The upside is that digital photography makes taking large numbers of photographs more economically feasible, and more choice allows for creative approaches to book design, Mr. Ludemann said. Pictures of the same object may be shot in "different constellations of light" that can be patched together in Photoshop to get "the perfect light for an object" and thereby the most authentic representation. One part of a cathedral, for example, may be brightly lit while another is very dark. "The eye can focus on the dark and light at the same time, but the camera can't focus on both."
"It's a technology we didn't have 10 years ago," Mr. Ludemann said, and it's "so important for making a book like this."
The selection task was even more difficult due to the variety of content, including majestic cathedrals and remote monasteries, paintings and illuminated manuscripts, sculpture and liturgical objects.
"We tried to make not only very well-known artworks the focus in this book, but also not so known works of art," Mr. Ludemann said.
Mr. Toman's idea for the book was large from the inception. When the publishers saw Mr. Bednorz's photographs, they realized they could do an immense format, Mr. Ludemann said.
"If we do a topic like this, we have to show something magical so that people will say it's magnificent and it's the right medium for Christian art."
Last year, ullmann released "1,000 Sacred Places," a smaller book that similarly explored spiritual heritage, a topic that appears to be gaining increasing interest.
"You're right," Mr. Ludemann said. "We think at the moment, and also in the long term, people are looking more toward spiritual things. They need something beyond what they are doing on earth. Life is getting faster and faster. Book editor Toman is fond of his Christian culture and his spiritual life. He has a love for art and for history, and a feeling for spiritual things."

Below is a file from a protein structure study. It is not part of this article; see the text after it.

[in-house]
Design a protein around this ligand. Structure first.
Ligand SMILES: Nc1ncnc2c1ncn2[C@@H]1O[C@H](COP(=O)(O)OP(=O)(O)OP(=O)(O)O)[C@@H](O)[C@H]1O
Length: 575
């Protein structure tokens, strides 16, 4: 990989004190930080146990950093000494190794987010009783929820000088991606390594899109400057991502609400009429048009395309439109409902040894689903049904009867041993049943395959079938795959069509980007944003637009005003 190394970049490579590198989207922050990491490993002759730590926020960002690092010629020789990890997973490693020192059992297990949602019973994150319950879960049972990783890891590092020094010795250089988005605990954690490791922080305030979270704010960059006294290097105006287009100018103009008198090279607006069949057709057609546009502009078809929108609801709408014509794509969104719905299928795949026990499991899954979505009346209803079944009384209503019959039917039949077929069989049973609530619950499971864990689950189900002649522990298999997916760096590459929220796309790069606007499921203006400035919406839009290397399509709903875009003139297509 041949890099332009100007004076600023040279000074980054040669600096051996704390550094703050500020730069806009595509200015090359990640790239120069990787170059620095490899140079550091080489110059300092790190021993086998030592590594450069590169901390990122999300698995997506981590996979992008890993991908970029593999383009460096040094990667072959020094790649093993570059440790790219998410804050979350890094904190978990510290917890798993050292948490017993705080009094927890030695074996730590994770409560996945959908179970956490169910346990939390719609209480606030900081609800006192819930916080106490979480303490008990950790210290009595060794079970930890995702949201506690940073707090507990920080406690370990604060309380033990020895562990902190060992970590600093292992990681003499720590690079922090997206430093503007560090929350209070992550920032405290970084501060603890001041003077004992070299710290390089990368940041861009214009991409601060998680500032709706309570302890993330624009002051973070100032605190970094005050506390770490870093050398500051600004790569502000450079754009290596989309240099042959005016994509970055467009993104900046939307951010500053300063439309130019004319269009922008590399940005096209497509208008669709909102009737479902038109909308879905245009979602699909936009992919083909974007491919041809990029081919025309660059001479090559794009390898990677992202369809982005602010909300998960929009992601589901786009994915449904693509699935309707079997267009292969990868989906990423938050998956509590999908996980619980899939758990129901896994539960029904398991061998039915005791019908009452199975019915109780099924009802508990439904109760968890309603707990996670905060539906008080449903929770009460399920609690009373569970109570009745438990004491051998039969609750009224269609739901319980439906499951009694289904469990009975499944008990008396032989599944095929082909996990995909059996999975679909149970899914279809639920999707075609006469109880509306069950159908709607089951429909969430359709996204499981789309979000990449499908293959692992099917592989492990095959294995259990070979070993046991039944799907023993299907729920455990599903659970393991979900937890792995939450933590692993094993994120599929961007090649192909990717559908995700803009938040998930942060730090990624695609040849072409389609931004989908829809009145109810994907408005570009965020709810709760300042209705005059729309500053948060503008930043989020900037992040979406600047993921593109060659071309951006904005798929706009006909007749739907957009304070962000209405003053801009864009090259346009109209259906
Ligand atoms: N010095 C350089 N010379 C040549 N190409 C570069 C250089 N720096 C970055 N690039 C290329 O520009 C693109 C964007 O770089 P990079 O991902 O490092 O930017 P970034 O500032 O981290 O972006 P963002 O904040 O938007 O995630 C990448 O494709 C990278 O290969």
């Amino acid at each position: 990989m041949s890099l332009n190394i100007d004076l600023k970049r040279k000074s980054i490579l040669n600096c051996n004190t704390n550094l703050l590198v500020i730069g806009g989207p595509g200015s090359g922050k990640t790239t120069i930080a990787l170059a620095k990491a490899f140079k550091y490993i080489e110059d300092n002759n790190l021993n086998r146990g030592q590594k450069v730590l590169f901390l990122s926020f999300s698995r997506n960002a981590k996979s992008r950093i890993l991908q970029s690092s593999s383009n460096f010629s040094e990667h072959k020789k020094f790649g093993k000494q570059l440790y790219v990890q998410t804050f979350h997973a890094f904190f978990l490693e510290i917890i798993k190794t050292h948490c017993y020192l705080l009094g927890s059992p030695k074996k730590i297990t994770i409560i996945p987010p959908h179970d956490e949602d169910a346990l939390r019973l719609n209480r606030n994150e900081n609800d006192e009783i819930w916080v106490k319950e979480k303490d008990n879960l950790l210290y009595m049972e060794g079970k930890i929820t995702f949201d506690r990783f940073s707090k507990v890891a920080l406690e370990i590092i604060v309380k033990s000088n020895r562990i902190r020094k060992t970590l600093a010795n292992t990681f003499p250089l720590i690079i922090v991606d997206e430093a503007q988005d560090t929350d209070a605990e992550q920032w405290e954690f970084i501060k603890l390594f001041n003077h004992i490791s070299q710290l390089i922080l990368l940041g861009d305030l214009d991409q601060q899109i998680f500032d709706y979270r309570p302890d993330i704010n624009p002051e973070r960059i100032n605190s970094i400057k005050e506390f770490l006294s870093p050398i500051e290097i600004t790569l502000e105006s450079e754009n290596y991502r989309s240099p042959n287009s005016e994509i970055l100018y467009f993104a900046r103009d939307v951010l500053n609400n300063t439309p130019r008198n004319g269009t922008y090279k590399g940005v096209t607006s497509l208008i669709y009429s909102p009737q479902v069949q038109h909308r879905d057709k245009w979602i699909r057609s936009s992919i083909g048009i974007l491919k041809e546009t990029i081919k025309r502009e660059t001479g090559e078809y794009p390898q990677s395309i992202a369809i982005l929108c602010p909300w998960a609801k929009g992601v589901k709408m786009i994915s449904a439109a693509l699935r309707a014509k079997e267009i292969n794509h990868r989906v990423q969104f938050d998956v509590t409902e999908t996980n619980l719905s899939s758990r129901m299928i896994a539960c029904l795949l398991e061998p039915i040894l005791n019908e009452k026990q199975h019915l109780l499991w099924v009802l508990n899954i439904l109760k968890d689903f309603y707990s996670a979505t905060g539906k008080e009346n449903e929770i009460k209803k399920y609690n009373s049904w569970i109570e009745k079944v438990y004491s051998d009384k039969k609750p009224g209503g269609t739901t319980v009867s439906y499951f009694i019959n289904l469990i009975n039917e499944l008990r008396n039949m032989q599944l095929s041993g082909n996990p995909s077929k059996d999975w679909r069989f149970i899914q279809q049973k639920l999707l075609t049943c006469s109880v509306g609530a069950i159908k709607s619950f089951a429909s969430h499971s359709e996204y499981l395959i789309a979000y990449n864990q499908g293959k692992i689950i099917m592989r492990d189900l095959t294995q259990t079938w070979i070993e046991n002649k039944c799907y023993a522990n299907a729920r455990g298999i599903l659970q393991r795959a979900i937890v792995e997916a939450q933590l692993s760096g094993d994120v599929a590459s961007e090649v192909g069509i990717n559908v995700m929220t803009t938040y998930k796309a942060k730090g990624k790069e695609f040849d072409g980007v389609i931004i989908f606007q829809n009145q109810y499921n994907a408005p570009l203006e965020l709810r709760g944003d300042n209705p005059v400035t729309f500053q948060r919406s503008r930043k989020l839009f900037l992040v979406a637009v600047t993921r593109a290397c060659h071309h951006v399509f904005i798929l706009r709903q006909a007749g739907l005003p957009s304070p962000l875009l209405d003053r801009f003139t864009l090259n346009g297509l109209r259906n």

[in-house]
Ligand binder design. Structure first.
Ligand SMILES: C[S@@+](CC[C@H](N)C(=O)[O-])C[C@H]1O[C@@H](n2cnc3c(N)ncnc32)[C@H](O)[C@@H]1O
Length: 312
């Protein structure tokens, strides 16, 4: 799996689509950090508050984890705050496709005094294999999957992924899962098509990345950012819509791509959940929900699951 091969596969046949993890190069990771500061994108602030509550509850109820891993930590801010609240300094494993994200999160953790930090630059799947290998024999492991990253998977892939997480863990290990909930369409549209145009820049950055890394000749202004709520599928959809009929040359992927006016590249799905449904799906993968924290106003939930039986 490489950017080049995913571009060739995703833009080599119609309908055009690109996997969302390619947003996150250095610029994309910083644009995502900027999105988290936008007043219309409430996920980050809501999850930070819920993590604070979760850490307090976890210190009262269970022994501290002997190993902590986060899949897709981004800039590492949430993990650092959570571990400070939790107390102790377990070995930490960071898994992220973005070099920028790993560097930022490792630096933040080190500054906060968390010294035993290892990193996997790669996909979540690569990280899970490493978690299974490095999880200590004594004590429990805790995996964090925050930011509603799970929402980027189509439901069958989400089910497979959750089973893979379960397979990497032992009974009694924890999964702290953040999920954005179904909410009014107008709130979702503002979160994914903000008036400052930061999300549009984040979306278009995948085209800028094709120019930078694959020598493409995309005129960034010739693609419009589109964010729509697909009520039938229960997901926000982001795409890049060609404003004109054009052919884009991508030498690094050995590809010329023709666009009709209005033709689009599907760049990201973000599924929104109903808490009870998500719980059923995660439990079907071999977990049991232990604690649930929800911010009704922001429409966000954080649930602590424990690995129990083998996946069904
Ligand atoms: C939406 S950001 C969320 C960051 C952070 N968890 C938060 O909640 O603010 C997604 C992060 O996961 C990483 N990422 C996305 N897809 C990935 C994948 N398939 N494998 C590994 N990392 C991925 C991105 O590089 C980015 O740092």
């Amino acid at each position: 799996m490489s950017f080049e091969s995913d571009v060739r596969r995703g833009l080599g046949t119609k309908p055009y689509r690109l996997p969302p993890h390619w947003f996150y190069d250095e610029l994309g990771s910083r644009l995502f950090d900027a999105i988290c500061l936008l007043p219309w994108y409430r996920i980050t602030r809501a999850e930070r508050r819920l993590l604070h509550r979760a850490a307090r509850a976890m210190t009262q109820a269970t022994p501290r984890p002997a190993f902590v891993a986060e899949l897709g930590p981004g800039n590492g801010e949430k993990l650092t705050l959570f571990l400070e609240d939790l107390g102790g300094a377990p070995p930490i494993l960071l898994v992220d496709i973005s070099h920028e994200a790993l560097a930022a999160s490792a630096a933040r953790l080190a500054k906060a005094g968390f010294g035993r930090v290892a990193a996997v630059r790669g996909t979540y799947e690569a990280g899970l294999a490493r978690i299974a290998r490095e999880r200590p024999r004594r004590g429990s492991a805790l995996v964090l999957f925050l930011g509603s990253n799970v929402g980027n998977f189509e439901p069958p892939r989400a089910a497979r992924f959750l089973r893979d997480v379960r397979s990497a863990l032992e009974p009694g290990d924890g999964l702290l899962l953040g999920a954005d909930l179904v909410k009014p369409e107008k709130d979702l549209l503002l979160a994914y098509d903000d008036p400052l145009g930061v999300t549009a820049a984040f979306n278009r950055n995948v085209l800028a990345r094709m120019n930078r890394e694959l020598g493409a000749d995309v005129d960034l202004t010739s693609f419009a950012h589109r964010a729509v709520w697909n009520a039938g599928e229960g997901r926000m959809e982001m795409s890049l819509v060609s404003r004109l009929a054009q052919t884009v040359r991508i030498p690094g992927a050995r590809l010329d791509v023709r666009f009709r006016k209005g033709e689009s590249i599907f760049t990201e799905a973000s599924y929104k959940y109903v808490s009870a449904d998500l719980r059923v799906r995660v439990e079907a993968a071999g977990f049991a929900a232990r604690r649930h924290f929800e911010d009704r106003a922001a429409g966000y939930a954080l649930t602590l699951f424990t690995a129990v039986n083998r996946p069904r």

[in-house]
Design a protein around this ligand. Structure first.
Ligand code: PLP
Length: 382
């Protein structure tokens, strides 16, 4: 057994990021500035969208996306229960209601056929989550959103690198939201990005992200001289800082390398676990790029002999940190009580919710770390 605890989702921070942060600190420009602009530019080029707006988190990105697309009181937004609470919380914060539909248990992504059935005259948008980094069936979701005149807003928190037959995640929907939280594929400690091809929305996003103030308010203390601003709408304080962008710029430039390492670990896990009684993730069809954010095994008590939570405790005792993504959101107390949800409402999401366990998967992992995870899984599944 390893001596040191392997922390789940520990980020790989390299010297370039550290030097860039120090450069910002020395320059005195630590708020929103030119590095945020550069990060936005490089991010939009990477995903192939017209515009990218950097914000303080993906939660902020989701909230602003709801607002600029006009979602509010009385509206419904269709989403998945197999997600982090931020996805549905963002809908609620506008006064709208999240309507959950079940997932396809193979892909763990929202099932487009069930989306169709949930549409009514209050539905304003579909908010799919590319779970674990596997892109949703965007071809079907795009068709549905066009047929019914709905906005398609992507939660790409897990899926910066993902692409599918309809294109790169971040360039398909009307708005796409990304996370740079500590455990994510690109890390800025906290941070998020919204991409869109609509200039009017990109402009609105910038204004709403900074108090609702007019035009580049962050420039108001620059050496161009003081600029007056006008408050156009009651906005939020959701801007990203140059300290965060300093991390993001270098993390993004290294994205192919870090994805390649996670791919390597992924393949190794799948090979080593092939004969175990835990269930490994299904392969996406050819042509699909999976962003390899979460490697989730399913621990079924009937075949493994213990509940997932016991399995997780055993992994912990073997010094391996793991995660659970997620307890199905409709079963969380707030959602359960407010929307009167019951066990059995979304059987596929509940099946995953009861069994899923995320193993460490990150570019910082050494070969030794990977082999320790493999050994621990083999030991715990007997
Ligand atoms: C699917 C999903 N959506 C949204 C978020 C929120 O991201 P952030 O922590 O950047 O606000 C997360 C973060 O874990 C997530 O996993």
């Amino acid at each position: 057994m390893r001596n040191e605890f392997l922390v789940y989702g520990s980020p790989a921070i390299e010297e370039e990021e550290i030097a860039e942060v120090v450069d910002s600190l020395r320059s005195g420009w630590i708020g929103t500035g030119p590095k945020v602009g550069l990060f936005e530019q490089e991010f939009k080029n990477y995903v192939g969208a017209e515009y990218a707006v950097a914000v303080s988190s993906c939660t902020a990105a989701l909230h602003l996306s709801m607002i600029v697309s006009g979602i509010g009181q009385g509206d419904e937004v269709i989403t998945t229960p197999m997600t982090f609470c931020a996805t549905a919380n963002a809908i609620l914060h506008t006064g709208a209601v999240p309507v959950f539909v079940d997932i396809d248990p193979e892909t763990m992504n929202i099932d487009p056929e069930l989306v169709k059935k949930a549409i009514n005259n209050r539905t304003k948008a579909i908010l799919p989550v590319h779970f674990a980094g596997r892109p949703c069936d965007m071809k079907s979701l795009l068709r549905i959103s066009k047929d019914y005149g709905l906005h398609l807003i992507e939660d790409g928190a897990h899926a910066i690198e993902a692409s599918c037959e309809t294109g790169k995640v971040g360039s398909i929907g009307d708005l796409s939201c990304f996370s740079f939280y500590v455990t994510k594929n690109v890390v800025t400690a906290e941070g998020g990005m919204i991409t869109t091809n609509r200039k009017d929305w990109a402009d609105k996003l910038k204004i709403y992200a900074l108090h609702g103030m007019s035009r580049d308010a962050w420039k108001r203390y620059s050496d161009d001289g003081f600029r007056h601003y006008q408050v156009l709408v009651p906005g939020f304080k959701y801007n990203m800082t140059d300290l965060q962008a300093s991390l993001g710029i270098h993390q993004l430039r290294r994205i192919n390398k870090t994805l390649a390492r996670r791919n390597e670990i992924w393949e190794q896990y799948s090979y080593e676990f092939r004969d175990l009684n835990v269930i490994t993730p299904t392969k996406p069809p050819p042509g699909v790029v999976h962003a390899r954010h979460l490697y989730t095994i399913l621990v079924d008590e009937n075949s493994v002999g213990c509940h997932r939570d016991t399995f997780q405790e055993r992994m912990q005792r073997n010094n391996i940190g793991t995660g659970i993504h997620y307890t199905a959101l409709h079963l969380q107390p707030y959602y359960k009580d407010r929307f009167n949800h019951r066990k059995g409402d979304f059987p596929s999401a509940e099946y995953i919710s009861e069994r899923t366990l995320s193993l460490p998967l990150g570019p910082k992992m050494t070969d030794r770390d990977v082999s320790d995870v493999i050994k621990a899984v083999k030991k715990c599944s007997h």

The first edition of "Ars Sacra" was published simultaneously in German, English, French, Spanish, Italian and Portuguese in a print run of 20,000, high for such a specialized publication. It is now in its second printing with added Czech and Slovak language editions.
Due to its sales success, and people responding so positively, Mr. Ludemann said this will not be the last book of its kind. And it may be the sort of publication that saves the printed book.
"We see it as an answer to the ebook. We love ebooks, too. We will also do ebooks. But we also love our printed books. ... You can't present content like 'Ars Sacra' on a medium like an iPad," Mr. Ludemann said, pointing out the impossibility of controlling things like color and format. "A book is a medium that's binding."
Wednesday, December 14, 2011
By Mary Thomas, Pittsburgh Post-Gazette
ARS SACRA, DENVER POST - "This book is an accomplishment worthy of endless page turning."
ARS SACRA, MIDWEST BOOK REVIEW - "A magnificent feast for the eye, "Ars Sacra" presents its reader with unforgettable vistas of Christian art history and accomplishment."
ARS SACRA, WALL STREET JOURNAL - "For anyone whose travels include stops to look at sacred art, "Ars Sacra" will be a godsend."
ARS SACRA, AMERICA MAGAZINE - "This massive encyclopedic survey covers Christian art and architecture in Europe from its beginnings in the catacombs of third-century Rome to the present day."
Cologne-based photographer Achim Bednorz has specialized in photographing sacred places. The principle behind his method of interpretation is simple: to get as close to reality as possible. This means presenting the object in well balanced directed light, making the object recognizable as if in ideal circumstances, and foregoing any special effects.